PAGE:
Objectives: Early diagnosis and treatment is essential in reducing mortality in newborns with pneumothorax. In this study, newborns with a diagnosis of pneumothorax in neonatal intensive care unit of our hospital were evaluated and aimed to increase the awareness of physicians.
Methods: 12 cases with pneumothorax were evaluated retrospectively. The gender, birth weight, gestational age, mode of delivery, the presence of underlying disease, pneumothorax localization, implementation of the surfactant and mechanical ventilation and existence or absence of mortality were recorded.
Results: During the study, pneumothorax was detected 12 patients. Male/female ratio was 1.4. Eight of the patients had born with cesarean delivery, the mean birth weight of cases was 2623±912 g and, 66.7% of cases were term babies. Pneumothorax was observed in the first week of life in all patients and it occurred spontaneously in 4 patients. The frequency of bilateral pneumothorax was 41.7%. For the treatment, closed tube drainage was performed in 9 patients. The overall mortality rate was 66.7%. Half of the patients who died had congenital anomalies such as diaphragmatic eventration (n=1), hydrocephalus (n=1), encephalocel (n=1), non-immune hydrops fetalis (n=1).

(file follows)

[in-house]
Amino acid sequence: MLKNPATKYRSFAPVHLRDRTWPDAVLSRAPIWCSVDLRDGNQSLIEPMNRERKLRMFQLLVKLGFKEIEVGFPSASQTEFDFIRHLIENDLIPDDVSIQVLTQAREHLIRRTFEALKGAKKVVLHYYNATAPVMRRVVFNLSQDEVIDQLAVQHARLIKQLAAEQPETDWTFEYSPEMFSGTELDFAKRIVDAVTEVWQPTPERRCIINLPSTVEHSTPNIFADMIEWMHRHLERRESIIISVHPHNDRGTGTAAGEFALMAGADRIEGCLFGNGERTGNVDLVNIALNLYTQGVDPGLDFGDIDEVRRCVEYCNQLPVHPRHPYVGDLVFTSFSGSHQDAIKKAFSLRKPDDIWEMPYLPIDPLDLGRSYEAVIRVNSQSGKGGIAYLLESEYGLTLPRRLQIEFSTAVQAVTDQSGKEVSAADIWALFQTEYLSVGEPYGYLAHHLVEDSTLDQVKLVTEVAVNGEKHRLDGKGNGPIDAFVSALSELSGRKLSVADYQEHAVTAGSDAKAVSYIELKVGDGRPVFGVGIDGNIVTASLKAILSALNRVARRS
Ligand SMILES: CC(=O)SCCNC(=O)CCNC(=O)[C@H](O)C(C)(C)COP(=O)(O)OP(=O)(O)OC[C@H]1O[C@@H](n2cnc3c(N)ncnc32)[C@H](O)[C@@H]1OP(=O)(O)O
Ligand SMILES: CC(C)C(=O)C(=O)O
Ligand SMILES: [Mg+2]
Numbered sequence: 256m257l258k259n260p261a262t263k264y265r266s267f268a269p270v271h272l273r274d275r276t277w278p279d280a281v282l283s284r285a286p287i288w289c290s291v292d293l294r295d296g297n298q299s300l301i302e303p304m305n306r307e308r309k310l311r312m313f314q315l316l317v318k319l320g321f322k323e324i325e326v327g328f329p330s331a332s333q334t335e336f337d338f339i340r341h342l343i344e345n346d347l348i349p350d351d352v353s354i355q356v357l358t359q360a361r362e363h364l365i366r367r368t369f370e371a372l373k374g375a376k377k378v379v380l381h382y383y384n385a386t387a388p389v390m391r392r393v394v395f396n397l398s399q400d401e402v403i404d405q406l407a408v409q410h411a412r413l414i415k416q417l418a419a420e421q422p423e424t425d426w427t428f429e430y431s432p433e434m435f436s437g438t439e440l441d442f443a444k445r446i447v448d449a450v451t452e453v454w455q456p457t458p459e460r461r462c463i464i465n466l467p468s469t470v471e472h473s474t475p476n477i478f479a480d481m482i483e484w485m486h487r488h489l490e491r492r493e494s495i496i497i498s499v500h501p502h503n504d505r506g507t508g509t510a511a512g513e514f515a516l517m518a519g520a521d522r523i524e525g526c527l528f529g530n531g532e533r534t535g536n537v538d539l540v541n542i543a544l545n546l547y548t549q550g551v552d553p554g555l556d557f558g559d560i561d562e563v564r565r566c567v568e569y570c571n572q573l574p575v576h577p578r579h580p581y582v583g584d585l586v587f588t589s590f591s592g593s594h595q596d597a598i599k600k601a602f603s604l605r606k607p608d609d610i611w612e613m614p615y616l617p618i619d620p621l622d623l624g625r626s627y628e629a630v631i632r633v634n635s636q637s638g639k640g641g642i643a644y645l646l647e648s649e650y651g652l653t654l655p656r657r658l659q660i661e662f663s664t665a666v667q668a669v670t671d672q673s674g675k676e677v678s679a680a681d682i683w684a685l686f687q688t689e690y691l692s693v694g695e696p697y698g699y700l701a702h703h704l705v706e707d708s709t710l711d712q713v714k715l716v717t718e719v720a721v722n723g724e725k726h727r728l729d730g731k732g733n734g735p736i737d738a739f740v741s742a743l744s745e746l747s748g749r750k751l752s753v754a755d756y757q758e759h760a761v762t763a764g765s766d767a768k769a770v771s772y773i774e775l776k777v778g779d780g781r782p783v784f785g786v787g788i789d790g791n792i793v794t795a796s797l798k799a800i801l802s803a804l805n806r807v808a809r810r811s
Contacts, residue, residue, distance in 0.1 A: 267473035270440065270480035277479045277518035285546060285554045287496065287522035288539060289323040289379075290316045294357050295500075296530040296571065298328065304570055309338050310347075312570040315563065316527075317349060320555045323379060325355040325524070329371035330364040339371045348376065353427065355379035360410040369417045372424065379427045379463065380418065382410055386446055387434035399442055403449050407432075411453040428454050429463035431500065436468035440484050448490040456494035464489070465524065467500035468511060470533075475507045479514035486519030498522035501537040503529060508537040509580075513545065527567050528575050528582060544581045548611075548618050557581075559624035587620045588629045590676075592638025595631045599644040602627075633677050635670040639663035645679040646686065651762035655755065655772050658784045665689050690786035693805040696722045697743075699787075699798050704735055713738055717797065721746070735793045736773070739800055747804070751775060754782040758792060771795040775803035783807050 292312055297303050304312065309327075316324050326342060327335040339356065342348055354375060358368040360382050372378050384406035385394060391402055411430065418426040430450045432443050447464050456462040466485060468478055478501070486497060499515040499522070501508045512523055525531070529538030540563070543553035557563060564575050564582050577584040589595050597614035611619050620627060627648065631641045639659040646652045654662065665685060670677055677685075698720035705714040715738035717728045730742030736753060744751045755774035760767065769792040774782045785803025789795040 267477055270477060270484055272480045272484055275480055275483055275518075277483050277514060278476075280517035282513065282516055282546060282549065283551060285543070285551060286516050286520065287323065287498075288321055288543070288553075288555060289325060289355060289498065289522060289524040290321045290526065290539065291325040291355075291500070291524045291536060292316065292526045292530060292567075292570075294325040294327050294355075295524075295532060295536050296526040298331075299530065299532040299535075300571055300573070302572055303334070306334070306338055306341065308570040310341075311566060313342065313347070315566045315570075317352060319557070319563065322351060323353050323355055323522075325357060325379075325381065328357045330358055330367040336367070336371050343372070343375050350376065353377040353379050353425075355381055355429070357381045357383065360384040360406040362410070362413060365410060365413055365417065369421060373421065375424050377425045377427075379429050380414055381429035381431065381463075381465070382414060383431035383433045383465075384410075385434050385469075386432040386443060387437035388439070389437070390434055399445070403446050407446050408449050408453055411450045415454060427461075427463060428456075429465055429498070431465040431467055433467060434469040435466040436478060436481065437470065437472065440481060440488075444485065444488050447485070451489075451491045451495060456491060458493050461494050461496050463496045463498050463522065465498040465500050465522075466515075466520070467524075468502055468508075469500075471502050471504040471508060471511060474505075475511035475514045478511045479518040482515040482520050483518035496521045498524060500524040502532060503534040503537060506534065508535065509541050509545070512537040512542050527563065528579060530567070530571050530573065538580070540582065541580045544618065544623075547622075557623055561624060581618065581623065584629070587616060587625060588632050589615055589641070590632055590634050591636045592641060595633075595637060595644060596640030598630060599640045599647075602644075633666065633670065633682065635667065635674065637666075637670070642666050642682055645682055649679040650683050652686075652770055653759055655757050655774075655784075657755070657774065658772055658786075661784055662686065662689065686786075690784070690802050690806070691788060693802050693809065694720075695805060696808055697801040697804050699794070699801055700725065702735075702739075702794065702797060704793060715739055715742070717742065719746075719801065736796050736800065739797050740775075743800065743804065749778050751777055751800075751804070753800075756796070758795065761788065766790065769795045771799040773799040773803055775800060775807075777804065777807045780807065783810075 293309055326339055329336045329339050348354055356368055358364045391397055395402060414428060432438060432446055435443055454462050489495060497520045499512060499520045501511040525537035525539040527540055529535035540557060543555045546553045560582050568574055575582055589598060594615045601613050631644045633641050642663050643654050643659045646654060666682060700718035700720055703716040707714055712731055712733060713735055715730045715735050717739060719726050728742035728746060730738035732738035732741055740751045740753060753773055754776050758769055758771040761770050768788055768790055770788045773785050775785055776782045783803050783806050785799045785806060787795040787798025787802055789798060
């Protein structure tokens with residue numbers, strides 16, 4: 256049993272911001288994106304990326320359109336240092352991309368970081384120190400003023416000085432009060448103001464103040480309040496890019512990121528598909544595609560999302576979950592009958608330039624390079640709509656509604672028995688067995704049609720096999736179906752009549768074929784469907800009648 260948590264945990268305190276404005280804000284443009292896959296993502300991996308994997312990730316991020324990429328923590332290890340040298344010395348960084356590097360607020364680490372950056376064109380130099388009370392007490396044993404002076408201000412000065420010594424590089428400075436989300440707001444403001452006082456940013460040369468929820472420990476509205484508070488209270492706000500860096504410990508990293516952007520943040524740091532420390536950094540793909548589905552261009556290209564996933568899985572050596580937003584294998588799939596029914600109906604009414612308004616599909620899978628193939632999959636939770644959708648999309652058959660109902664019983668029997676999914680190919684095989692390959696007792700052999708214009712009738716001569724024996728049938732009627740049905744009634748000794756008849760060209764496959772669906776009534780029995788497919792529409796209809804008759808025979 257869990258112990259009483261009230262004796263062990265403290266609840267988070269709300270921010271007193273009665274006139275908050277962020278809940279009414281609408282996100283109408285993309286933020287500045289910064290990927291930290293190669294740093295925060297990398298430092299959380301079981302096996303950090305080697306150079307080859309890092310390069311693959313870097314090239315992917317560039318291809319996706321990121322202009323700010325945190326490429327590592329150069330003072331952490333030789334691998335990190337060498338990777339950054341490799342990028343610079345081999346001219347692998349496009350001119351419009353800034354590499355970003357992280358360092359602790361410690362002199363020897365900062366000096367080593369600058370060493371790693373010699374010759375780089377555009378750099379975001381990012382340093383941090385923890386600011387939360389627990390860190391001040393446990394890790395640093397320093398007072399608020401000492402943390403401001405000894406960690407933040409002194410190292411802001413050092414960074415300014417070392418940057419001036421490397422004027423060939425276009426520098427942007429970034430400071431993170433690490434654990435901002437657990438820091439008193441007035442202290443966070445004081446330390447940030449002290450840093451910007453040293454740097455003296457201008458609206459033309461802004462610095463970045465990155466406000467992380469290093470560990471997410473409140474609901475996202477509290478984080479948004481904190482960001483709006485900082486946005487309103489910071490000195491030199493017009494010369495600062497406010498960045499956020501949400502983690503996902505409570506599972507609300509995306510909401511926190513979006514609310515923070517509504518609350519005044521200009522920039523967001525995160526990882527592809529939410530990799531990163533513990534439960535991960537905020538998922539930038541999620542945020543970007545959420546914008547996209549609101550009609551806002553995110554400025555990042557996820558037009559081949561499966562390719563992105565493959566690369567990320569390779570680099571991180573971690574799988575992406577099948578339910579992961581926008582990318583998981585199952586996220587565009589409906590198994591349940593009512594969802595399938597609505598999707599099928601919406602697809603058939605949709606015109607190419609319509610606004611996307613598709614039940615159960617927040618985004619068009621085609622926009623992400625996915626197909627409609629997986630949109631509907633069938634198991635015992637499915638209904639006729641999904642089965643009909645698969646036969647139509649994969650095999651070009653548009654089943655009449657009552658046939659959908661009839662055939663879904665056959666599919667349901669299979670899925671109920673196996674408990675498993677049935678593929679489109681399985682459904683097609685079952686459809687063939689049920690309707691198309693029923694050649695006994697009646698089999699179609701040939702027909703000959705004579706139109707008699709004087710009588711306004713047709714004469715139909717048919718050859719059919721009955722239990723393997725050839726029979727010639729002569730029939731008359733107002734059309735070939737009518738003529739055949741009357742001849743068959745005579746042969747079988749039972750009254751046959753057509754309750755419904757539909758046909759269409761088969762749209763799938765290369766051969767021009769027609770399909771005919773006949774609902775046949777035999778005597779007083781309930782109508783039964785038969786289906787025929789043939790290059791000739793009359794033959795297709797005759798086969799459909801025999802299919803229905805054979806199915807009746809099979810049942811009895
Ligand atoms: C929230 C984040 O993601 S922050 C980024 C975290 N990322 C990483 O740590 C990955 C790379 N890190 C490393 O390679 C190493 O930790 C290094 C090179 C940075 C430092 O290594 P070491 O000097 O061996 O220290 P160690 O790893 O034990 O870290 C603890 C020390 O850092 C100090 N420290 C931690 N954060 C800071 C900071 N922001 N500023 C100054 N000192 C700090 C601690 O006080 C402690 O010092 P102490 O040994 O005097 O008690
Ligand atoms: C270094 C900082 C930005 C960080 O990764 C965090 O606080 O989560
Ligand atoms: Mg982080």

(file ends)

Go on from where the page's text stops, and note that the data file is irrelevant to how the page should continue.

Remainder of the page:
Conclusion: Additional congenital anomalies, such as PDAs and persistent pulmonary hypertension were found to be effective on mortality in neonates with pneumothorax. Although, it is a life-threatening condition, the emergency treatment is life saving. Therefore, in patients with risk factors, keeping pneumothorax in mind is also the first step of the treatment.
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